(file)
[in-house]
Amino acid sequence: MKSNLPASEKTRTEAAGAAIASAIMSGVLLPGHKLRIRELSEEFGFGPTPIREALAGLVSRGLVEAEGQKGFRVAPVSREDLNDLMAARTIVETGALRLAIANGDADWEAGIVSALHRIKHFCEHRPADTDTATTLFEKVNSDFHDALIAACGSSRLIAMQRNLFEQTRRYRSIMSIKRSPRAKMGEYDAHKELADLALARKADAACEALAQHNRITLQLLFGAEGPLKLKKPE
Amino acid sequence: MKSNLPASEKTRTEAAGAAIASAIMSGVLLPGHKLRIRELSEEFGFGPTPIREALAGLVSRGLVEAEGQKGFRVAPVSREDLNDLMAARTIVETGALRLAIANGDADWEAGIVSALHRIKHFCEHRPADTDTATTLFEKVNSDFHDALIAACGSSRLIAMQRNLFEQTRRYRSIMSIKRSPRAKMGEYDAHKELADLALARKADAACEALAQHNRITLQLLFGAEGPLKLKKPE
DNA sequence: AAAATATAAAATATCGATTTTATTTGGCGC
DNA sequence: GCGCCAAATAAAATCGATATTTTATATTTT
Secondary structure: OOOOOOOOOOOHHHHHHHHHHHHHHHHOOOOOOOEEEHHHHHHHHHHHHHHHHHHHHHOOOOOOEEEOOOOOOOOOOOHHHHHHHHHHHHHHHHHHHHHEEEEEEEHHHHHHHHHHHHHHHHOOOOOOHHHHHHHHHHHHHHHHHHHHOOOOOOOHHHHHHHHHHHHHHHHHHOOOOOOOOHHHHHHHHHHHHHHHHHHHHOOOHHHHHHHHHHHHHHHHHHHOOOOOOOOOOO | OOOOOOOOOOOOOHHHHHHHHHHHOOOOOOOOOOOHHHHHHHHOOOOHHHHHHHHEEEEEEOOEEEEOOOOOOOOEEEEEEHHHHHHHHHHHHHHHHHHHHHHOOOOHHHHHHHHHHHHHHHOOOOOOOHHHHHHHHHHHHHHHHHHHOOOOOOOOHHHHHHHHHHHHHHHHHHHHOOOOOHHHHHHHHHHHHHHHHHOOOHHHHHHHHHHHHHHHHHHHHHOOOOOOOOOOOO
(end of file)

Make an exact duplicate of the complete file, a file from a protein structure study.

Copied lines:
[in-house]
Amino acid sequence: MKSNLPASEKTRTEAAGAAIASAIMSGVLLPGHKLRIRELSEEFGFGPTPIREALAGLVSRGLVEAEGQKGFRVAPVSREDLNDLMAARTIVETGALRLAIANGDADWEAGIVSALHRIKHFCEHRPADTDTATTLFEKVNSDFHDALIAACGSSRLIAMQRNLFEQTRRYRSIMSIKRSPRAKMGEYDAHKELADLALARKADAACEALAQHNRITLQLLFGAEGPLKLKKPE
Amino acid sequence: MKSNLPASEKTRTEAAGAAIASAIMSGVLLPGHKLRIRELSEEFGFGPTPIREALAGLVSRGLVEAEGQKGFRVAPVSREDLNDLMAARTIVETGALRLAIANGDADWEAGIVSALHRIKHFCEHRPADTDTATTLFEKVNSDFHDALIAACGSSRLIAMQRNLFEQTRRYRSIMSIKRSPRAKMGEYDAHKELADLALARKADAACEALAQHNRITLQLLFGAEGPLKLKKPE
DNA sequence: AAAATATAAAATATCGATTTTATTTGGCGC
DNA sequence: GCGCCAAATAAAATCGATATTTTATATTTT
Secondary structure: OOOOOOOOOOOHHHHHHHHHHHHHHHHOOOOOOOEEEHHHHHHHHHHHHHHHHHHHHHOOOOOOEEEOOOOOOOOOOOHHHHHHHHHHHHHHHHHHHHHEEEEEEEHHHHHHHHHHHHHHHHOOOOOOHHHHHHHHHHHHHHHHHHHHOOOOOOOHHHHHHHHHHHHHHHHHHOOOOOOOOHHHHHHHHHHHHHHHHHHHHOOOHHHHHHHHHHHHHHHHHHHOOOOOOOOOOO | OOOOOOOOOOOOOHHHHHHHHHHHOOOOOOOOOOOHHHHHHHHOOOOHHHHHHHHEEEEEEOOEEEEOOOOOOOOEEEEEEHHHHHHHHHHHHHHHHHHHHHHOOOOHHHHHHHHHHHHHHHOOOOOOOHHHHHHHHHHHHHHHHHHHOOOOOOOOHHHHHHHHHHHHHHHHHHHHOOOOOHHHHHHHHHHHHHHHHHOOOHHHHHHHHHHHHHHHHHHHHHOOOOOOOOOOOO